Below par for The Donald: Trump’s Scottish golf courses register annual £9.5mn loss

Below par for The Donald: Trump’s Scottish golf courses register annual £9.5mn loss
Donald Trump is lagging behind in the polls and now his controversial Scottish golf courses are also losing ground with multimillion-pound losses for a second year running.

The Trump Organization took over the Turnberry resort, which includes the world famous Ailsa course, in 2014. The 800-acre Ayrshire coast ground, which has previously hosted The Open, has been shut since September last year due to refurbishment works. It opened again this summer after a reported £200 million (US$244 million) investment.

Annual accounts show that the resort made pre-tax losses of £8.4 million in 2015, after having already listed a £3.6 million loss the year before.

The presidential hopeful’s other golf course, Menie, in Aberdeenshire, has also lost a whopping £1.1 million.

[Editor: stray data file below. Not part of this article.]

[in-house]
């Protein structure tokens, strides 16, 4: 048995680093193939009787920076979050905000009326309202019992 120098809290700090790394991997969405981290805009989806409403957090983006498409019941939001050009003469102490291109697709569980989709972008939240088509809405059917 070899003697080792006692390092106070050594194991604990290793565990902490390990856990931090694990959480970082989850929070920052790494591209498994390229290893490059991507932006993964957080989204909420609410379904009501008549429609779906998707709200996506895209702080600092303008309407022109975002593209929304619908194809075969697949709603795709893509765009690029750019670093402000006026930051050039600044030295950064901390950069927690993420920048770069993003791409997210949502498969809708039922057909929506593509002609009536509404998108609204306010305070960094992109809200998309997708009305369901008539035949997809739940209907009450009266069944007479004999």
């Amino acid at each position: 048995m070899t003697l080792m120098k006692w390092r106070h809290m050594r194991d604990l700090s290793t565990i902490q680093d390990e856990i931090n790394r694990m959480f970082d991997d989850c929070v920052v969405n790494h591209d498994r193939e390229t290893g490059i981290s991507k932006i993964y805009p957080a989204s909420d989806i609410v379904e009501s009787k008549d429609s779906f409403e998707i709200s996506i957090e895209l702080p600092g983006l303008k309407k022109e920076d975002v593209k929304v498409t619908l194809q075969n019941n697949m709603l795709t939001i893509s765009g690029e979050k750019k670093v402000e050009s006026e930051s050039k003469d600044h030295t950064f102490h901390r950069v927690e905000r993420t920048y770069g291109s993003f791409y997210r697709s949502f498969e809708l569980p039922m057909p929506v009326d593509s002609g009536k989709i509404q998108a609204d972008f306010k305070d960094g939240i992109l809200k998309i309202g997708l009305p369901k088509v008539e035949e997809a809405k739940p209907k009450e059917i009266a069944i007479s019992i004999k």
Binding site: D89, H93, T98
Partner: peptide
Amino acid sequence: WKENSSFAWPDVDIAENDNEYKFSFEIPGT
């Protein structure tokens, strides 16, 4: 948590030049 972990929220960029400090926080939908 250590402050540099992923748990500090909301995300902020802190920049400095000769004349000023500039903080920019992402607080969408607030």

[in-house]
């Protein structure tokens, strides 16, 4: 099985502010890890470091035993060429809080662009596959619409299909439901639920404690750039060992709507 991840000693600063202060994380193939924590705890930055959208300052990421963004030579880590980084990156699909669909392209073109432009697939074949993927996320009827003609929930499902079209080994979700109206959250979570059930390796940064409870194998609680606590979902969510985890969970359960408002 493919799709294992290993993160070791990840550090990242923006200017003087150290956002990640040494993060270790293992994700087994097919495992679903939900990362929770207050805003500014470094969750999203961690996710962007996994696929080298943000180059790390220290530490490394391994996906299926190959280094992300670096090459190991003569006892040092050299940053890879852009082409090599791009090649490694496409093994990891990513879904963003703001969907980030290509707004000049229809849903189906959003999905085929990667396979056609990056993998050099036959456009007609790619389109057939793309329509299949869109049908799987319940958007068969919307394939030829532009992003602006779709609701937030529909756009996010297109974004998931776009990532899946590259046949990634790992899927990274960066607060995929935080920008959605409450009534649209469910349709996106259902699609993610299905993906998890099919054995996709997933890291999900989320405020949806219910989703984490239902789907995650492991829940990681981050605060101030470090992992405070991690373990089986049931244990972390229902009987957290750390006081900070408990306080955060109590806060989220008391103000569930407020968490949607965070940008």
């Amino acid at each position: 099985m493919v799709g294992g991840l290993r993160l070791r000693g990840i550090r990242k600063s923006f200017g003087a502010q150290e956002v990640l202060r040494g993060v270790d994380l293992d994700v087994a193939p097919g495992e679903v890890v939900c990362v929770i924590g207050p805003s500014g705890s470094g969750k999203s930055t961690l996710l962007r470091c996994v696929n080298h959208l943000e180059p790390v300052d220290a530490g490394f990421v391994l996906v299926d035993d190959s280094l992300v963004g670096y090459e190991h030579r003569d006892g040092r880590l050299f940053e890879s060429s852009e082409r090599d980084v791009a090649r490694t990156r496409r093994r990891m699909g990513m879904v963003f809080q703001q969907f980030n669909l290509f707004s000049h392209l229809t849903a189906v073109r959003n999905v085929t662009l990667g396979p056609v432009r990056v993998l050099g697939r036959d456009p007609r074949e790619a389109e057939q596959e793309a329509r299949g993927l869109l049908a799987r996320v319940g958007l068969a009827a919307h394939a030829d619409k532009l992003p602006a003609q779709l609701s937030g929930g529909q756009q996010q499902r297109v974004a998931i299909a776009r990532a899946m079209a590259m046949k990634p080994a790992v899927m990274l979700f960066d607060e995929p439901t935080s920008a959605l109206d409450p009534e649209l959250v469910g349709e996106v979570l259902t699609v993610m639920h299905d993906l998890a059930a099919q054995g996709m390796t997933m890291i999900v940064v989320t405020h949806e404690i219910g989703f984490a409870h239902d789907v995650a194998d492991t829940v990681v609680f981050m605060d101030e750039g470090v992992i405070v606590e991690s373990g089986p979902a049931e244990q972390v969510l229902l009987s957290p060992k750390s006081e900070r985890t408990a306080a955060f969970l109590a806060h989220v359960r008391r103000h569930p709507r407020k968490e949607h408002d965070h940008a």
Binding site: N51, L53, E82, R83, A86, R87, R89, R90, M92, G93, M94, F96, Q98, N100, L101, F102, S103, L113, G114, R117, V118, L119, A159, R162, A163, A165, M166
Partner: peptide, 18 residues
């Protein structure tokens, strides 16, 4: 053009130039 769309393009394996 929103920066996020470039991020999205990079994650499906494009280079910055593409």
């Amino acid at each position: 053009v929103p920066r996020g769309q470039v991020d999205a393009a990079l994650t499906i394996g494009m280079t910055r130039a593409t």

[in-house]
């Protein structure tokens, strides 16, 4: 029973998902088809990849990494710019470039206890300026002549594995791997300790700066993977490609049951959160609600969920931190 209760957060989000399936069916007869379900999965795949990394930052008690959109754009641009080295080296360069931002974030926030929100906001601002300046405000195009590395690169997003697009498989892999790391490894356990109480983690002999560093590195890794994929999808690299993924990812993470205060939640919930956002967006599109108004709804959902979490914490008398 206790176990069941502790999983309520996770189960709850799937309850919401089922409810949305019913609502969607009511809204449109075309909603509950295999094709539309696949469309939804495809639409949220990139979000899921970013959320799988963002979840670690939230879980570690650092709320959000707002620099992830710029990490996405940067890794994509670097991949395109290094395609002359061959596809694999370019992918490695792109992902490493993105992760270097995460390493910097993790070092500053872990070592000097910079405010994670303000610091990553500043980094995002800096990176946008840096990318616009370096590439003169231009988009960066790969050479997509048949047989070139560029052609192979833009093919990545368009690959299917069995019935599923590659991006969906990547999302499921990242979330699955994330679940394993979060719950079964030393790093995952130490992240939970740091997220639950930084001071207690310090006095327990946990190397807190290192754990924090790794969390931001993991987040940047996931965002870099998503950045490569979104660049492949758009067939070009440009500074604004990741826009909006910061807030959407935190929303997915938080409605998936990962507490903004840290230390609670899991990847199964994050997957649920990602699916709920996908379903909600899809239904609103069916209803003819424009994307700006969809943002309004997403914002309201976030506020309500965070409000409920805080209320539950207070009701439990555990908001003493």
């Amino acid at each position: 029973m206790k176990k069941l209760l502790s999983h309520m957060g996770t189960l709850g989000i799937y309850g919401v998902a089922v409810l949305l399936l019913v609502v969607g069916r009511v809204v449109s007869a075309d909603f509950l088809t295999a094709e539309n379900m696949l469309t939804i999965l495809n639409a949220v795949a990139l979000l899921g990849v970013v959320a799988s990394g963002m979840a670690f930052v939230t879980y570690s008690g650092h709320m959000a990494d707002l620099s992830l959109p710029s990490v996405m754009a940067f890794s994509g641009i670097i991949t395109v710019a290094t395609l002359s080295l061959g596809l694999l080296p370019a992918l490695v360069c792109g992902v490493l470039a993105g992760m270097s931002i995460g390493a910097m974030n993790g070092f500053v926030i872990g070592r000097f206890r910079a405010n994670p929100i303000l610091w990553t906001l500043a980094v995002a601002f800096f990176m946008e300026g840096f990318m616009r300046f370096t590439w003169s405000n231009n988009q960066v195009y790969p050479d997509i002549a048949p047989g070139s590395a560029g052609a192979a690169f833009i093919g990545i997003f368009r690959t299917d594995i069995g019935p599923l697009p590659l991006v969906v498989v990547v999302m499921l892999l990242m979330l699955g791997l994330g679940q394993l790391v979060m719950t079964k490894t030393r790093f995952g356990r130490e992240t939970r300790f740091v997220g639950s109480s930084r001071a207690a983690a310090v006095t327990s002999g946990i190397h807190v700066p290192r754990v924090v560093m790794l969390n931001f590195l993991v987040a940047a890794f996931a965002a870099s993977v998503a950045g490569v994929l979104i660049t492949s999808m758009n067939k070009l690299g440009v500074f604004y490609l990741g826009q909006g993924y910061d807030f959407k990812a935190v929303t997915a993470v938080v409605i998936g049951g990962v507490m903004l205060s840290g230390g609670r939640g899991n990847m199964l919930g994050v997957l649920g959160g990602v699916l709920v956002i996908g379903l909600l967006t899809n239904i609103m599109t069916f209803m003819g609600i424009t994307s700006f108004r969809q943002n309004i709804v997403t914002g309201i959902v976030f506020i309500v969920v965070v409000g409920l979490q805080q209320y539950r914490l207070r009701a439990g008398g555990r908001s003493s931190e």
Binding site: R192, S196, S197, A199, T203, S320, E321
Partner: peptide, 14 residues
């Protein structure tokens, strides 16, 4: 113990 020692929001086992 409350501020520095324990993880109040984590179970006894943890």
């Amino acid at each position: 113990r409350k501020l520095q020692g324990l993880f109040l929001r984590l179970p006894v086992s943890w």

“The Trump Organization remains fully committed to reviving the resort,” Donald’s son Eric Trump said of the results.

“Upon completion of the construction project, it is expected that revenue will increase as the property is re-established as an industry-leading resort. The directors believe the resort will return to profitability in the short to medium term.”

He added that the drop in oil and gas prices had impacted on the local economy but that a further investment would be made now the ground’s clubhouse construction has been completed.

The Trump International Golf Club Scotland has now made losses four years in a row, despite turnover increases of over 7 percent last year.

Work at the Menie estate has been met with local opposition and forced the company to scale back its original planned £1 billion investment in property development and further hospitality ventures.

Similar protests against expansion at Turnberry were unable to stop Trump’s projects, but the billionaire was said to have lost interest in the site after the Scottish government approved plans for an offshore windfarm to be built within visible distance from the grounds.